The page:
Matthew López: We rehearsed this thing for about two weeks before we started filming, and it was almost entirely Taylor and Nick. They had had phone calls and FaceTime in the weeks leading up to it. They just they clicked on Zoom, and they really clicked in person.
It's a very simple thing of, they're two people who really like each other, they get each other, they click. They're very, very different from one another, which also helps, and they ended up really trusting one another. I think there was an element, too, that they knew that each of them knew that they were taking on the biggest thing that ever done before, and they needed each other. I think there's an element of them deciding to trust each other because they needed to.
EDGE: Hearing Uma Thurman with a Texas accent took the film to a completely different place. What drew you to Thurman for the role of the first woman U.S. president?
Matthew López: She was always high on my list of actors for that role. When we were talking about that part, Uma was always at the top of that list. Eventually we just sent her the script, and she responded to what she read, and she wanted to get on a Zoom with me. We spoke for about an hour, hour and a half one day, and then we had another follow up conversation. Uma is so creative and so collaborative. She wanted to get right to work, even though she hadn't accepted the part yet.
EDGE: One of the most iconic images from this movie already is the two actors covered in cake in their tuxedos. How many takes with that cake did you need to get what you wanted out of that moment?
Matthew López: [Gestures: "One."] The big cake that you see all composed and put together, that was actually latex and Styrofoam. The consumable cake that we had to get them all mucky with... we had multiple costumes ready, we had plans to get them into the shower, redo their hair and makeup, but I also knew that I'd lose 90 minutes each time I did that. Anybody who has ever directed a film will know 90 minutes is an eternity. So, we got them on the floor, and it was me and my production designer with globs and globs of cake and frosting in our hands. We made sure everything was right; everything was set up; we didn't leave anything to chance, and she and I threw the cake into their faces!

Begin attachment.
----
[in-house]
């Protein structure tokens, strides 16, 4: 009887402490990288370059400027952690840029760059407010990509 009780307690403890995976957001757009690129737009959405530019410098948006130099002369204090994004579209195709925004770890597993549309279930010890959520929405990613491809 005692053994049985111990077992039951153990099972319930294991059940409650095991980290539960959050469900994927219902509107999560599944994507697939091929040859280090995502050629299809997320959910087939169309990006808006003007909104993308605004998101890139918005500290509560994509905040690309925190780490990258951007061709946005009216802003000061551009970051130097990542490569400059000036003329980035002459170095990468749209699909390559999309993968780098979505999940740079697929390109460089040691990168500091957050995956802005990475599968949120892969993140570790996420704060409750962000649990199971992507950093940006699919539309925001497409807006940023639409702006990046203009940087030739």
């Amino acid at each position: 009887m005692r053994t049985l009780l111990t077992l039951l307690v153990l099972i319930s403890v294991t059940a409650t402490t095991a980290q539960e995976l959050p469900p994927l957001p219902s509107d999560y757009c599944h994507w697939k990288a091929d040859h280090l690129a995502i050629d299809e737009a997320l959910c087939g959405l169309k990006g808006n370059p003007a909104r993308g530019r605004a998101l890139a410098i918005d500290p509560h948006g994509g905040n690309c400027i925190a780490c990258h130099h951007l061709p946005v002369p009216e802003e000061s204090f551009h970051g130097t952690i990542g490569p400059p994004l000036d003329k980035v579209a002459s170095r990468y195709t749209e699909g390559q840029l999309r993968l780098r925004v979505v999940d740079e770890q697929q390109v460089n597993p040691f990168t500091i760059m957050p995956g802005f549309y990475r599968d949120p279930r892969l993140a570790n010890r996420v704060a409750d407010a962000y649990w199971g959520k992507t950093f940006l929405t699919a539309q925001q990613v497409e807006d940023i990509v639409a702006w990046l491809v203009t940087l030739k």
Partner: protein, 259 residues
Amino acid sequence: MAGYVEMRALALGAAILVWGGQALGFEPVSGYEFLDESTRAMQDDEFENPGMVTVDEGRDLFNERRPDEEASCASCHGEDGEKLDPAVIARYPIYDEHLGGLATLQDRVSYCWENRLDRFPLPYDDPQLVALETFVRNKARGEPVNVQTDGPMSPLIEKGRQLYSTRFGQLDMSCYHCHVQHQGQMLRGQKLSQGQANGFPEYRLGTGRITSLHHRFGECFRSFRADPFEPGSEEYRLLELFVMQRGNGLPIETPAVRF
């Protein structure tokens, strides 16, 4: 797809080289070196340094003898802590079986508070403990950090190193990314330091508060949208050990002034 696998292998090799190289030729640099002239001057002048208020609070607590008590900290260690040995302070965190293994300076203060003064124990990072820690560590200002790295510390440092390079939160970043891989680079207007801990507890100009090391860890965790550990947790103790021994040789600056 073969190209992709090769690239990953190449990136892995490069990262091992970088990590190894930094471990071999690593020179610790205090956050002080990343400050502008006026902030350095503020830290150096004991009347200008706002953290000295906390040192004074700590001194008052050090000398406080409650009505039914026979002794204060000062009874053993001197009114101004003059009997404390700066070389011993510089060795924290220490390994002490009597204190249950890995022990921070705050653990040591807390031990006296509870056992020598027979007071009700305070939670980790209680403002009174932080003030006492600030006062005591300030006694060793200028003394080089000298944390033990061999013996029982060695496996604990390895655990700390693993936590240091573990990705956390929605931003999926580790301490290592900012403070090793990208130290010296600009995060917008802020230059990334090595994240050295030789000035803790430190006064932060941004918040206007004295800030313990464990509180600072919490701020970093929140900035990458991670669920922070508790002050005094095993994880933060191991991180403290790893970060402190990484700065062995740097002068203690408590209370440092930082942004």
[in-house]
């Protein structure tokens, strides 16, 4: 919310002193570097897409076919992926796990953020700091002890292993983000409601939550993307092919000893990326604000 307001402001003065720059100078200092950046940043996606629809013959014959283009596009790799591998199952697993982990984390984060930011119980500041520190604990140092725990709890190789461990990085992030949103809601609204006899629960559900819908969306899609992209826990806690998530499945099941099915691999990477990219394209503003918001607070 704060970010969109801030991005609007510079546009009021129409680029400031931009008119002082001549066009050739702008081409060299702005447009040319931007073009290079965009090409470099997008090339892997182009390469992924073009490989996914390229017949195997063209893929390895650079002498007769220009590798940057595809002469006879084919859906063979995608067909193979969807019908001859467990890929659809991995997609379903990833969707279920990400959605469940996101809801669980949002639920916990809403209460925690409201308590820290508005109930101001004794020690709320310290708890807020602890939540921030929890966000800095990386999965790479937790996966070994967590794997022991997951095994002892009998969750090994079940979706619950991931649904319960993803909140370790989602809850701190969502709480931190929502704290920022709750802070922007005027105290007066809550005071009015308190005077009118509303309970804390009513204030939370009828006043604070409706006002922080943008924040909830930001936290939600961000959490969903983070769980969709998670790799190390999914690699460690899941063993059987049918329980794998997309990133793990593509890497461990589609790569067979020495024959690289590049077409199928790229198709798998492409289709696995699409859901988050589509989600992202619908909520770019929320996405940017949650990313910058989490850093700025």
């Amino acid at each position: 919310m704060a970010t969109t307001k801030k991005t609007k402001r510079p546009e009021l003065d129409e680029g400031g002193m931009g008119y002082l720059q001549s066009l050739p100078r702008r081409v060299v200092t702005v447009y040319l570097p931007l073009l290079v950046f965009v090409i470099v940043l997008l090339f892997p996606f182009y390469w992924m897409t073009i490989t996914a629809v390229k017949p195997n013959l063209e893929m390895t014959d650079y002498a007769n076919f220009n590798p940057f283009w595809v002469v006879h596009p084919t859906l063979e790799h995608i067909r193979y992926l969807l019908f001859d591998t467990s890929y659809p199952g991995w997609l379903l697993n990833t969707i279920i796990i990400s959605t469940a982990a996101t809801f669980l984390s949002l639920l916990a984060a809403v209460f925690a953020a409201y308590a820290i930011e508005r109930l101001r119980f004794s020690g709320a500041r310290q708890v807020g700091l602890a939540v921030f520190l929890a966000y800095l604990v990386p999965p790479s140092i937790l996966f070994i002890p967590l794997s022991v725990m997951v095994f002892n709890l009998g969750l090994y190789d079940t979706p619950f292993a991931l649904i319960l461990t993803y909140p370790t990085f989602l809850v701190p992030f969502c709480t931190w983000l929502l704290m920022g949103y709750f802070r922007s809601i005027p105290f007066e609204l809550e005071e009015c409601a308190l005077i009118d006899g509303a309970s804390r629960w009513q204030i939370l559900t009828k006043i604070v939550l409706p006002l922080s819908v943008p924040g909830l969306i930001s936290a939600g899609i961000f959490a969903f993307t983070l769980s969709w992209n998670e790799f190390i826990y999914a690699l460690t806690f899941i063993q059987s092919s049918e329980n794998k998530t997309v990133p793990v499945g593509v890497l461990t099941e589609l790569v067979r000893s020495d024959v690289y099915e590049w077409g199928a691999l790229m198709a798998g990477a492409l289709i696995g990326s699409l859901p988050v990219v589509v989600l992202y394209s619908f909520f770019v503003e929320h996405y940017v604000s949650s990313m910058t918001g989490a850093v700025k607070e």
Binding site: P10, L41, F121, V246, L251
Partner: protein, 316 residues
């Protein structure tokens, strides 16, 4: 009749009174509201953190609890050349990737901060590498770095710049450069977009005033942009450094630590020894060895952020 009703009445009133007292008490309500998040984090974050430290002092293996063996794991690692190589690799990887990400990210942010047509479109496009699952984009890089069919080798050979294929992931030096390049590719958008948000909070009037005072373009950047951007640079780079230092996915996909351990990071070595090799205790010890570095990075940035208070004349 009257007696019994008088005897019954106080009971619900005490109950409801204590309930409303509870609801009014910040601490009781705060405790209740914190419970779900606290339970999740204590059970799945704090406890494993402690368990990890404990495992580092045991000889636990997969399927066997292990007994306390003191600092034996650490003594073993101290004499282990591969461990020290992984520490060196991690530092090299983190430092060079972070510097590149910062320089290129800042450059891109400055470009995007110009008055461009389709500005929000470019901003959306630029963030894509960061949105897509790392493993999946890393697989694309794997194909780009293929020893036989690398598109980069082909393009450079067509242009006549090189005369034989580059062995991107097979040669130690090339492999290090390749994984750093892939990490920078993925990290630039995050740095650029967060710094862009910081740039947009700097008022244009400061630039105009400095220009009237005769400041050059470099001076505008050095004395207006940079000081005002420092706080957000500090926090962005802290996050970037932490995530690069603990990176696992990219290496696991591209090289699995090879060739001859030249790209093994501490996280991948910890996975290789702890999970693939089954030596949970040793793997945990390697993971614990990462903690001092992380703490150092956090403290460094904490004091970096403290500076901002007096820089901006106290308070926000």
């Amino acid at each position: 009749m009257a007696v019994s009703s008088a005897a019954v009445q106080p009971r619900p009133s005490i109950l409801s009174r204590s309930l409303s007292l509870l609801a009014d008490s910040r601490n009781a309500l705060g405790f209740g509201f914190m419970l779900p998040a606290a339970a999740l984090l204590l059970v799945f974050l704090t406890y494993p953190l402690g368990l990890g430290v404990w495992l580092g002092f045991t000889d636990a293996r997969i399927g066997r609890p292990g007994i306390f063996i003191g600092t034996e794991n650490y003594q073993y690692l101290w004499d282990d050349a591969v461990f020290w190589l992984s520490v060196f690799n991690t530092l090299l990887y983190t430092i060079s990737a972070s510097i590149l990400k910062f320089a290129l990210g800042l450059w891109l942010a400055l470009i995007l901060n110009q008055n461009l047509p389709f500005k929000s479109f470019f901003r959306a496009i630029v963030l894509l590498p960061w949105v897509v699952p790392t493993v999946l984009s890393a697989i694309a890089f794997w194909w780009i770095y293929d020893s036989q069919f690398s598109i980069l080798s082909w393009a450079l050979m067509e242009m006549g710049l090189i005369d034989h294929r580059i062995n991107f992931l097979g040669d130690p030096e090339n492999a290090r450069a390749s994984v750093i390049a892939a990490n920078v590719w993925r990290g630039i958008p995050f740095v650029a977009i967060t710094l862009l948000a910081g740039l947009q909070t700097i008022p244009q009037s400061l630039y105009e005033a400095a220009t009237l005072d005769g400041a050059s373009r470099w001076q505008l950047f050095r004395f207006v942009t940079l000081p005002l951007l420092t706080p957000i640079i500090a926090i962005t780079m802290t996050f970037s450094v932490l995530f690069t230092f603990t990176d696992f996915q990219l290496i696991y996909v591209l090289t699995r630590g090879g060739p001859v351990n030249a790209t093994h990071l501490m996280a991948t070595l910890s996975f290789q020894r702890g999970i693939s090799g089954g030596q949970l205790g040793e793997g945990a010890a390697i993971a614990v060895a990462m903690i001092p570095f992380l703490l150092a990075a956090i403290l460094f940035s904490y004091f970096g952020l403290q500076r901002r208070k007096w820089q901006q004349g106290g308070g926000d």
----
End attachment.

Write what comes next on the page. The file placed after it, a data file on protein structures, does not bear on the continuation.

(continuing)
I looked at the footage, and I knew that we had it. And I didn't want to do it again. We went in and rebuilt, then we filled in the space around them with more cake, and more gunk, and more Styrofoam, and more icing. But we actually got it in one take, which is pretty incredible.
"Red, White & Royal Blue" streams on Amazon starting Aug. 11.
Kilian Melloy serves as EDGE Media Network's Associate Arts Editor and Staff Contributor. His professional memberships include the National Lesbian & Gay Journalists Association, the Boston Online Film Critics Association, The Gay and Lesbian Entertainment Critics Association, and the Boston Theater Critics Association's Elliot Norton Awards Committee.